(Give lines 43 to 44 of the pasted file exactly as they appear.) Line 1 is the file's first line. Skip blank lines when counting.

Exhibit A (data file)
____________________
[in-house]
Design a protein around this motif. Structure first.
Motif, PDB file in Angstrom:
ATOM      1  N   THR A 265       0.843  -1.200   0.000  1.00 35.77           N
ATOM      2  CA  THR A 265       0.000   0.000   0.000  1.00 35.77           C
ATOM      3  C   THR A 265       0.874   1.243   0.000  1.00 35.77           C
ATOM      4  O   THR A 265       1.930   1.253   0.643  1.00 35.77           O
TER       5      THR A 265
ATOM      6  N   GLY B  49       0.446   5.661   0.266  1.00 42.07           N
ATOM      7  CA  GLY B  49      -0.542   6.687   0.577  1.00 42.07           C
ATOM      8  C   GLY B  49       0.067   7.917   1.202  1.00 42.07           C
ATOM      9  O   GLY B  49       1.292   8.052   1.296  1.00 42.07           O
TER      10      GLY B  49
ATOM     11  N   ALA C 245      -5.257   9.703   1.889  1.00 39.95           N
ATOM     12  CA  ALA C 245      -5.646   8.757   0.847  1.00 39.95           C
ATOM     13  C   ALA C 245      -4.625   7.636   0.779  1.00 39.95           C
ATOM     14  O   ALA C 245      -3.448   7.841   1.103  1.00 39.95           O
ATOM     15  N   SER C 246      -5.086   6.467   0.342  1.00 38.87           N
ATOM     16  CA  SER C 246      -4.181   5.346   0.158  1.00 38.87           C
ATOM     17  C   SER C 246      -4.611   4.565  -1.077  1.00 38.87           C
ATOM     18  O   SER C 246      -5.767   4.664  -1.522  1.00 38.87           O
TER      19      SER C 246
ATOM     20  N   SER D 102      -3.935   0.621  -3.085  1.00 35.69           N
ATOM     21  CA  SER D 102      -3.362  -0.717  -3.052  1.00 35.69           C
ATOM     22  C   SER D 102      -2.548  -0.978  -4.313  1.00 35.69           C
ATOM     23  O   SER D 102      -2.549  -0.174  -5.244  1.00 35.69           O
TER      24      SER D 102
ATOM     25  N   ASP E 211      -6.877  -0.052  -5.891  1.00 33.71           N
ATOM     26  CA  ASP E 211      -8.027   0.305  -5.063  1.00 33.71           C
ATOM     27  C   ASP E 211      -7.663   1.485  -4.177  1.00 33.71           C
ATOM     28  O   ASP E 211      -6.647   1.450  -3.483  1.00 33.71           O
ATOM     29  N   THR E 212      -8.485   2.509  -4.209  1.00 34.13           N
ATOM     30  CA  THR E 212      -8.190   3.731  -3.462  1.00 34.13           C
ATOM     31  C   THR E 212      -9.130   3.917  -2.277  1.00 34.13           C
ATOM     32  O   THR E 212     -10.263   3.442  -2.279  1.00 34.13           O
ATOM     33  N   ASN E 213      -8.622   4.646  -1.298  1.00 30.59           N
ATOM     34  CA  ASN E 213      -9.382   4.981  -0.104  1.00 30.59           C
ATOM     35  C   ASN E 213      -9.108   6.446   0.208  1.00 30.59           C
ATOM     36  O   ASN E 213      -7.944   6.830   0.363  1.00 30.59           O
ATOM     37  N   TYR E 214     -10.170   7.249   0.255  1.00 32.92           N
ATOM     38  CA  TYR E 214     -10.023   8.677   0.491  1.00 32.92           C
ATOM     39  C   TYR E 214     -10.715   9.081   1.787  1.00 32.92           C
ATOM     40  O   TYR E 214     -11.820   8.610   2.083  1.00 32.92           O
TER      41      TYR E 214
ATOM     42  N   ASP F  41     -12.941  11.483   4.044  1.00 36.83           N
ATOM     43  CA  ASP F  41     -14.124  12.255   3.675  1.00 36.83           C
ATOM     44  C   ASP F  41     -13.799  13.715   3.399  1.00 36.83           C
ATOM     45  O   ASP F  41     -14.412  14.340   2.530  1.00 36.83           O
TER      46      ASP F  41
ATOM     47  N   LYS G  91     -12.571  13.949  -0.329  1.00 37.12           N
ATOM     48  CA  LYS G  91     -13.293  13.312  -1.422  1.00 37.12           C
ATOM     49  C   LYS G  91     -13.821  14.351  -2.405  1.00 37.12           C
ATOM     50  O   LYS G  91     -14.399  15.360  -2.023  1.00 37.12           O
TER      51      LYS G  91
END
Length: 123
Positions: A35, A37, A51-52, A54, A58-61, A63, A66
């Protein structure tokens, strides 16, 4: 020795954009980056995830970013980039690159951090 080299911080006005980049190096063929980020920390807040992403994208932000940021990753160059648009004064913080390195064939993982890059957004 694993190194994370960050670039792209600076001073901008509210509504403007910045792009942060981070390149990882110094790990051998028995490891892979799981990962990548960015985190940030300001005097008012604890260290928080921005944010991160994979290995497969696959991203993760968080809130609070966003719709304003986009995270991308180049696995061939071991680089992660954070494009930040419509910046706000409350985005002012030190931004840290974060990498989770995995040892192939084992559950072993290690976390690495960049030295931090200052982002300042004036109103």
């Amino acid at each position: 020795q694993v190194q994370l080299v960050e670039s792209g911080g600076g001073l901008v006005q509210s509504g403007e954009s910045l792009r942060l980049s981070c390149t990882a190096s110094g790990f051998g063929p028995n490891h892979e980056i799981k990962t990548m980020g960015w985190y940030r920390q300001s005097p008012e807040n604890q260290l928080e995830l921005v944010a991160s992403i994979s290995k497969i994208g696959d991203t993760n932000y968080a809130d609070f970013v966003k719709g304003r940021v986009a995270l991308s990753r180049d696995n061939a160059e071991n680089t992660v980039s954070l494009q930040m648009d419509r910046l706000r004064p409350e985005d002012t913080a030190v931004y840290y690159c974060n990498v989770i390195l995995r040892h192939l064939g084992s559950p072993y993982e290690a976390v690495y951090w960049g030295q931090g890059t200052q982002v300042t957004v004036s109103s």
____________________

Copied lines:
ATOM     40  O   TYR E 214     -11.820   8.610   2.083  1.00 32.92           O
TER      41      TYR E 214